It took six days for him to regain the ability to speak and move his limbs, during which time he was handcuffed in his hospital bed.
Trapped by a technicality
“Since he officially made a claim [for asylum] once, he cannot claim again,” says Taillefer. “We have a one-claim rule here in Canada, so once you've made it, you can’t do ever again — for life.”
Because Mamadou first approached the border in a legal fashion, presenting himself to Canadian authorities at the checkpoint, Mamadou inadvertently jeopardized his own chances of applying for asylum in Canada.
If he had simply walked through the woods first — crossing the border illegally between checkpoints — he could have then arrived in Canada, and made his first asylum claim then. That's what hundreds of refugees who are fleeing the U.S. are doing.
In February, there were 724 claims processed in Quebec alone.
But because Mamadou didn't know about the Safe Third Country Agreement, his claim was denied without ever getting a hearing in front of a judge.
Stories like Mamadou’s have some Canadian lawyers calling for the Safe Third Country Agreement to be revoked.
Taking it to court
Toronto attorney Jared Will recently filed a lawsuit in Canada, arguing that the agreement is illegal under Canadian law.
“The basic argument is that the U.S. doesn't respect the refugee convention or the convention against torture,” says Will, “and that it should never have been designated as a safe third country by Canada. But certainly now, the designation should not persist.”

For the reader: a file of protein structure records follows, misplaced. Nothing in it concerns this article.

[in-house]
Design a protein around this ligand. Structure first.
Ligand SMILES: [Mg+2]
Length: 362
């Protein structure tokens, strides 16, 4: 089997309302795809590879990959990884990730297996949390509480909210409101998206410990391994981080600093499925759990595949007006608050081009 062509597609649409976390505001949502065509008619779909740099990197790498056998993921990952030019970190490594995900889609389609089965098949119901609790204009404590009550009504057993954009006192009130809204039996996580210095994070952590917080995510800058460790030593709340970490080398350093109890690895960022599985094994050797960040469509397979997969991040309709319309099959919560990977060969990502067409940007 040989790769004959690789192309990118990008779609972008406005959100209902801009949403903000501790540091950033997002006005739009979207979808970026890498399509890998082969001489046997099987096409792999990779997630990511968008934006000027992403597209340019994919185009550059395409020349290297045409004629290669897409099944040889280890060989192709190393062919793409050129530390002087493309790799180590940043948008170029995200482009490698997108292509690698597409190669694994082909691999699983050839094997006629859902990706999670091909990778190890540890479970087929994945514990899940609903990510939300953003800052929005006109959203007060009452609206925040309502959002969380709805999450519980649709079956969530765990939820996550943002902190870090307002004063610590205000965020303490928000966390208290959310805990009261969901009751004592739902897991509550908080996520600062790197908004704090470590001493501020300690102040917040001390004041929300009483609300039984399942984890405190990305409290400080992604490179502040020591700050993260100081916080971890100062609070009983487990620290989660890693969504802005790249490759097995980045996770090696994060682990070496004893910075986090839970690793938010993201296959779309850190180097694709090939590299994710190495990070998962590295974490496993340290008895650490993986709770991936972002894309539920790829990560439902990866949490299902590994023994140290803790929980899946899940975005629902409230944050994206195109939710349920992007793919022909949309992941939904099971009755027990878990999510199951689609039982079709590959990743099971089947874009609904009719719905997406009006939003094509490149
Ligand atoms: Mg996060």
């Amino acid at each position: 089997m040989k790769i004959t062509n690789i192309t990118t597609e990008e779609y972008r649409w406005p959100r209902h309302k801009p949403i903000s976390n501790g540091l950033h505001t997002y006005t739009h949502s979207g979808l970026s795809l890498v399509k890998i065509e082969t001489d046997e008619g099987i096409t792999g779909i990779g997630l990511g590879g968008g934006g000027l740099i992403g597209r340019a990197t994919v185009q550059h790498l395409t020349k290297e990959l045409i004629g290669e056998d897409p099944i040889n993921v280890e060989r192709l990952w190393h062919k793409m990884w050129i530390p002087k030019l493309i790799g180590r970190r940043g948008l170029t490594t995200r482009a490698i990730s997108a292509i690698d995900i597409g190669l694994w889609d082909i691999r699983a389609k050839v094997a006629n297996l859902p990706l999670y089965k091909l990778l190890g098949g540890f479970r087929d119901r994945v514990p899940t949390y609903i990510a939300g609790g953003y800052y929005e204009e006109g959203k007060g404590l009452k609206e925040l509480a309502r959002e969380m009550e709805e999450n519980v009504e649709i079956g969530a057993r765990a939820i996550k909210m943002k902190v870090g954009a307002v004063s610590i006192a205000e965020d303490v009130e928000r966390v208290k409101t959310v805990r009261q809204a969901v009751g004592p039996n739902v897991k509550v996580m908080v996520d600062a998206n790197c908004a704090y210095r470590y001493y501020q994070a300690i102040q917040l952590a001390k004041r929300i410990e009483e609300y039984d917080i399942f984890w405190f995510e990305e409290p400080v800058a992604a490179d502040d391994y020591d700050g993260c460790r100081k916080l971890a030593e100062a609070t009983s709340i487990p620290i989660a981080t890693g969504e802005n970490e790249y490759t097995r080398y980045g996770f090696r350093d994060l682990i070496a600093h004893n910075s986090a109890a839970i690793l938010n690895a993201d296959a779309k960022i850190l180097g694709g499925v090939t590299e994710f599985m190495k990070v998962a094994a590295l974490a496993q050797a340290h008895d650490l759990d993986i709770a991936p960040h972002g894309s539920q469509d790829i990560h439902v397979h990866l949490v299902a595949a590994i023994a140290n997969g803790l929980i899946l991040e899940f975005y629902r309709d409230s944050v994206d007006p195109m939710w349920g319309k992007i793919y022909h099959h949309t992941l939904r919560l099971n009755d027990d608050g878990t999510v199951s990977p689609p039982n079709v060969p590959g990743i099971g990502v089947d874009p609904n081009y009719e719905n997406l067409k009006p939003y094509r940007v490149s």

Will says there are a number of problems in how the U.S. handles refugees that could deem it unsafe. For one, the U.S. bars people from making asylum claims if they've been in the country for more than one year.
If the U.S. isn't considered a safe country, then Will argues Canada shouldn't be able to deny asylum seekers the right to apply in Canada simply because they already happened to be in the States.
“The charter question, the constitutional question, is whether it's a breach of a refugee claimant’s right to life, liberty and security of the person in Canada to deny them the right to assert a refugee claim here, in circumstances where their ability to assert that claim in the United States is compromised,” Will says.
Will's clients are a Syrian woman and her three children; like Mamadou, they also presented themselves at the border checkpoint, not knowing about the agreement.
The lawsuit is still in its infancy. Will says it could be several months before he hears back from the courts if he has an arguable case.
There is precedent for such a case: Back in 2007, the Canadian federal court ruled that the U.S. was not a safe third country for refugees. But that decision was reversed on an appeal on procedural grounds.
Mamadou's lawyer is also considering challenging the Safe Third Country Agreement, and he is in talks with attorney Jared Will about joining his lawsuit against the Canadian government.
This story comes from the New England News Collaborative: Eight public media companies coming together to tell the story of a changing region, with support from the Corporation for Public Broadcasting.